– Barbara Bloom’s exhibit titled “The Reign of Narcissism” in which she built a museum dedicated to herself

    -Sophie Calle’s piece Last Seen, which concerns 13 works of art stolen from a museum in Boston. The museum (the Isabella Stewart Gardner) was once a private collection and the original display of the artwork was ordered to remain in tact after it became a public institution. Obviously, this means the museum is filled with 13 of these awkward “holes.” Calle pairs photographs of these empty spaces with text from interviews with museum staff in which they talk about the missing pieces.

    – Fred Wilson’s Baltimore Historical Society project “Mining the Museum” in which he was invited to sift through the museum’s artifacts. Wilson pairs artifacts in unorthodox ways to deliver messages effectively. Similar to the way many artists create messages – but it this case he uses artifacts in a public institution.

    -and Mark Dion’s work in general – MOMA actually commissioned him to do an excavation. His finding from this dig are displayed in a cabinet

    -other related awesome things: The Jurassic Museum of Technology in LA, the City Reliquary in Williamsburg

  2. Great connections! We will in fact be looking at work and talking about artists Mark Dion, Sophie Calle, Fred Wilson, Museum of Jurassic Technology and others. These artists all use the Museum (with a capital M) as a discursive site of exploration and their work generally plays on the function of the curator, subverting insitutional authority and the role of the viewer as participant in the construction of meaning.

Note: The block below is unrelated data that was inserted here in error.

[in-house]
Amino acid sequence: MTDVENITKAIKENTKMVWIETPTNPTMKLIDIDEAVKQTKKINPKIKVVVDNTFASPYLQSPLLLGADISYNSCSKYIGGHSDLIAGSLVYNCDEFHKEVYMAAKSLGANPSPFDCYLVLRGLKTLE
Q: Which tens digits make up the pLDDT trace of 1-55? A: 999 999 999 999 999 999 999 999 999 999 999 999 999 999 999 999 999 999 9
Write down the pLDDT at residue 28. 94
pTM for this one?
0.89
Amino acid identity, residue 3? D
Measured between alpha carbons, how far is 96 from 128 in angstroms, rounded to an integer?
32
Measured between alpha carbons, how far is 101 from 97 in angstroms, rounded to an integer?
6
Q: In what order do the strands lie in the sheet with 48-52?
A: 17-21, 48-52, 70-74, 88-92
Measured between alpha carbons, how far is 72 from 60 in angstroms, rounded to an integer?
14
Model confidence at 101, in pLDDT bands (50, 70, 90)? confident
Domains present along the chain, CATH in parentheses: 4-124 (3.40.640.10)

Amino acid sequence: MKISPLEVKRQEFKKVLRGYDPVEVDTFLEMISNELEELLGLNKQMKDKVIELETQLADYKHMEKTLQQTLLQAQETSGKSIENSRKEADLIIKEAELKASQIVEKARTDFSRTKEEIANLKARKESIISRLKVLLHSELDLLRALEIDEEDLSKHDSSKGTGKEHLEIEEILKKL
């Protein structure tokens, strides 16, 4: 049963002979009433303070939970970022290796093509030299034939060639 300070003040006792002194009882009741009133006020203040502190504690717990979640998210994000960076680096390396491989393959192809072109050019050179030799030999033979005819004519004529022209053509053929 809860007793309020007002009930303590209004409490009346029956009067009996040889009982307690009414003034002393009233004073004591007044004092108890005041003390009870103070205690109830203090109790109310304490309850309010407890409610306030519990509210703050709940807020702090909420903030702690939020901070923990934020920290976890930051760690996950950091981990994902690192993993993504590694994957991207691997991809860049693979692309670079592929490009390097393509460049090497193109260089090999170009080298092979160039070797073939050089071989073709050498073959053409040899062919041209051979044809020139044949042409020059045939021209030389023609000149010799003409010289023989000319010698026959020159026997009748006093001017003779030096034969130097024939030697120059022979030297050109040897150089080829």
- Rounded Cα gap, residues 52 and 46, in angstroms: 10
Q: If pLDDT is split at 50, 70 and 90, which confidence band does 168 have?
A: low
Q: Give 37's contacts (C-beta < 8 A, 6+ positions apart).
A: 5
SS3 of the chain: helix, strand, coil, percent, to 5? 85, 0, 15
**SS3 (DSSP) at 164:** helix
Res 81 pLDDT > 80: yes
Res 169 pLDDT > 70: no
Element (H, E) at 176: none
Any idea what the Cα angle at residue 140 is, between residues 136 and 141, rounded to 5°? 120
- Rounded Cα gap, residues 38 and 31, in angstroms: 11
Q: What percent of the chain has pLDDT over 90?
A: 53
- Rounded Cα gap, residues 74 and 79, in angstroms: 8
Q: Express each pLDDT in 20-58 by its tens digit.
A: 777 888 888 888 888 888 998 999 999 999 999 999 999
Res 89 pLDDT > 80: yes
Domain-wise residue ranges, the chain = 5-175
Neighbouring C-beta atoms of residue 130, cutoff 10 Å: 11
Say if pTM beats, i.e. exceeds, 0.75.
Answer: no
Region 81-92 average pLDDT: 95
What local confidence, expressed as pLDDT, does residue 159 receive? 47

3. The Hall of Biodiversity proved to be a nice segway into the chilling (physically and proverbially) whale room.

    While midly clustered in some areas, the great variance in lighting and display catered well to the purpose of the room itself.

    I loved the fossils in the glass cases in the ground and the digital displays complimenting the more traditional wall mounted forms.

    There is much to see in this wing of the musuem, but it is presented in a “user friendly” way, one that allows the viewer to enhance their knowledge in ways that pertain uniquely to their interests. There is nothing more tedious than having to weed through information to find something of concern, and this wing of the museum particularly lends itself to exploration on one’s own time.

  4. When entering into the space it is impressive how much of the design is linked with the Victorian-era Cabinet of Curiosities. There is a richness of content that makes one overwhelmed by the amount being presented. At the same time the visual aesthetic that forces the viewer to be captivated. I think that one of the most powerful ways to communicate information is through that “remixing of iconic exhibitions”. However, I have been in the Hall of Biodiversity many times and never once knew that it was themed of the “world crisis of biodiversity.” Possibly due to the overwhelming visual display, I never felt compelled to read any of the information presented.

  5. On the note of not feeling compelled to read any of the information presented… I feel that this is an aspect of MOST museum visitor’s experience. Labels, while informative for those that use them, seem to be bypassed by the vast majority of museum goers. This only enforces the notion that the museum experience is just that, experiential. I personally fell that the information presented on the often neglected labels in incredibly importatnt to the experience. This is an opportunity for new ways of presenting this information in a more integrated manner.